The Gift of Patience

One of the hardest things we are ever asked to do in this life is to wait.medium_5527061226

We ‘practice’ patience.

We ‘lose’ patience.

We are ‘im’patient.

But we very rarely embrace patience.

The pregnant pause between our present and desired future outcome, patience takes us out of a place of reactive fear and into a place of reflective surrender.

It takes us out of our ego and into our heart.

It challenges us to delay our impulsive need for instant gratification in order that we might grow wiser, stronger and more committed through the process; for the best measure of our commitment to any cause is not found in the immediacy of an answer, but in our willingness to embrace patience, even as we continue to push forward with our dreams.

Patience, in that way, is not a passive way of being, but an active way of seeing.

It is the art of stillness and of listening, creating spaces for our heart and soul to speak, while inviting the Universe to participate in the process.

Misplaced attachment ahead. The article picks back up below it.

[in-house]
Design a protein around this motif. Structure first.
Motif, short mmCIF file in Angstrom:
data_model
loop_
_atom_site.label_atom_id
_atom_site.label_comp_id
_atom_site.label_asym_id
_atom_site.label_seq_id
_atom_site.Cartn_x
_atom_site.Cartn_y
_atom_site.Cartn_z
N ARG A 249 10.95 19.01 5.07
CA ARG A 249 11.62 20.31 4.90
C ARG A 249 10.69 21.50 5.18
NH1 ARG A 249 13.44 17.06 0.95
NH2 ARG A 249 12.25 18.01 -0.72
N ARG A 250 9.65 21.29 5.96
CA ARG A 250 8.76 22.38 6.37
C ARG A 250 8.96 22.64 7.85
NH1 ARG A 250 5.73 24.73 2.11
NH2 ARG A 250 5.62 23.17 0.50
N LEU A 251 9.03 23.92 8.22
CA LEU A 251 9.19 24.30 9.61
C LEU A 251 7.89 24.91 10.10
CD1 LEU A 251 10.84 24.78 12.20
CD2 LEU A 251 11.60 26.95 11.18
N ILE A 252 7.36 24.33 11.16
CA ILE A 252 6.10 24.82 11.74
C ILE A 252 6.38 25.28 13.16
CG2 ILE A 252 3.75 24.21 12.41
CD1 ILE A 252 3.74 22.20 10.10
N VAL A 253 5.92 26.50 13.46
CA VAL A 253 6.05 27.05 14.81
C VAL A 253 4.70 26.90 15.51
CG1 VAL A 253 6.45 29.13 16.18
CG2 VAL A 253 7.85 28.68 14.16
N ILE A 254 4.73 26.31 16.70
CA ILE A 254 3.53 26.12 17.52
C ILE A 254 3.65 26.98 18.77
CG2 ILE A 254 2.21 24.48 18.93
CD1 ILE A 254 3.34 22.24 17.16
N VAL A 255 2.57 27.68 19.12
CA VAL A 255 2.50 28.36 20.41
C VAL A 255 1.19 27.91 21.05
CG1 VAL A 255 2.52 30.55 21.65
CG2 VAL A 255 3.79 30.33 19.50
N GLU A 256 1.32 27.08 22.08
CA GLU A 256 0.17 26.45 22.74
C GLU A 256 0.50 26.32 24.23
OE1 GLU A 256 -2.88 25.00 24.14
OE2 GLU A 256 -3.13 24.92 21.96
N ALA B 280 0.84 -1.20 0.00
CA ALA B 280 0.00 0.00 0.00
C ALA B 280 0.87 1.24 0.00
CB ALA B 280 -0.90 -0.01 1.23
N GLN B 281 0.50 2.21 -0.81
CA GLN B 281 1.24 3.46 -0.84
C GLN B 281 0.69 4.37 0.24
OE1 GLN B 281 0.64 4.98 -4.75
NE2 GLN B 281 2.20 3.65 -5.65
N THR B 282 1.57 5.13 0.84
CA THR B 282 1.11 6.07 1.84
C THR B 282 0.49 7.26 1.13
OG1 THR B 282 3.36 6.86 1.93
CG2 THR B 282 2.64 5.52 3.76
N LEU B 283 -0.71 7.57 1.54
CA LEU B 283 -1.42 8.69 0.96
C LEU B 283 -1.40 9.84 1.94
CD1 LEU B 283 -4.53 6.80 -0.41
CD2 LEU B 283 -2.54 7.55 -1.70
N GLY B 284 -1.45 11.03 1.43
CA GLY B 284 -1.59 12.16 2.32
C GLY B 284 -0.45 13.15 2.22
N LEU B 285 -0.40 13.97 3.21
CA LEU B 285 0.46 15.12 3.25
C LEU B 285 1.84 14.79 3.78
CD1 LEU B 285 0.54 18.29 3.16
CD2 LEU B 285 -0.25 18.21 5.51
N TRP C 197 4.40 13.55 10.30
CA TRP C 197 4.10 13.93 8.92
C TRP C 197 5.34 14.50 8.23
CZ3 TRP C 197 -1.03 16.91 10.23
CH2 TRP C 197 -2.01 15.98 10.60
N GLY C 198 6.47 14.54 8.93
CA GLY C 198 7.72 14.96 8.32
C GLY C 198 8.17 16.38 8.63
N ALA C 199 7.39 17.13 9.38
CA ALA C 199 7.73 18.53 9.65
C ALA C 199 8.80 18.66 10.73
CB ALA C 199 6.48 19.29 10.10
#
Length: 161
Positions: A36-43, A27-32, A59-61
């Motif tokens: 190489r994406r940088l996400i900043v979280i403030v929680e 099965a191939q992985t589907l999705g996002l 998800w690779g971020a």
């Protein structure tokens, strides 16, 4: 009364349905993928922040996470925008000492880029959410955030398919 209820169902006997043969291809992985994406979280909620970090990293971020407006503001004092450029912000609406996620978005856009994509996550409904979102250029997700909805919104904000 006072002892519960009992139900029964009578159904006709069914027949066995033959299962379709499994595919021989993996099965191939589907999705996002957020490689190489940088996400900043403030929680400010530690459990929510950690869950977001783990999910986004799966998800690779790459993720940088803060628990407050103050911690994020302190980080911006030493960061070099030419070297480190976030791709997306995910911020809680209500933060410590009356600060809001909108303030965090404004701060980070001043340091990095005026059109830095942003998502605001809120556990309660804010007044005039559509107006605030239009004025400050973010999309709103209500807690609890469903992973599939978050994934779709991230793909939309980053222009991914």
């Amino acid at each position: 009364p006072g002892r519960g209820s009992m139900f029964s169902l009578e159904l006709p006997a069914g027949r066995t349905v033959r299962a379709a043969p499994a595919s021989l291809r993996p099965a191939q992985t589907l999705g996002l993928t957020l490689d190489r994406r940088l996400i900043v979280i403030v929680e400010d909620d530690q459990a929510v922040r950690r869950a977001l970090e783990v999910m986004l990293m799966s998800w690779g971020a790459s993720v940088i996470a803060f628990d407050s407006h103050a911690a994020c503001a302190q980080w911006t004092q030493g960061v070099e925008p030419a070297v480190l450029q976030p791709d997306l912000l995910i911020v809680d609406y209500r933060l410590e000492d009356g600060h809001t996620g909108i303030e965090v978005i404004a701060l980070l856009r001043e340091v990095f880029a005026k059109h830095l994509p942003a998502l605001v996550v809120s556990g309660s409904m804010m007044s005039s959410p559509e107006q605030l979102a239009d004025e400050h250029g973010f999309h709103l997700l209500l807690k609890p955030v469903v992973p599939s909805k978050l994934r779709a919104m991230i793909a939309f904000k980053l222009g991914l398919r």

Patience empowers others and challenges us to detach from ego-based outcomes, reminding us that we are not ‘I’, but ‘One’.

It is the still, small voice that whispers in our ears “It’s okay.  Everything is going to turn out just fine.  Just wait and you will see…

I’m curious…

Do you view patience as a gift or an impediment?  Do you struggle to practice patience in your own life?  Would you rather try to force an outcome or allow the Universe to unfold in its own way and timing?  Does your attitude change when patience demands sacrifice in the waiting?  Can you recall a time when patience resulted in a better outcome than you could have imagined before?

Photo Credit: Ömer Ünlü  http://www.flickr.com/photos/55293400@N07/5527061226/

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2 thoughts on “The Gift of Patience

  1. I have started meditating daily. Being more mindful has helped me be more patient with things I can’t control. While I “practice” patience – I remain active. Just sitting and waiting is not good for me and just busy work but focused and targeted.

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  2. Lorin, I love your thoughts on mindful meditation as an excellent way to ‘practice’ patience, while still remaining active. I find yoga to be extremely beneficial as well. It enables me to stay strong in my core, while practicing centered stillness.

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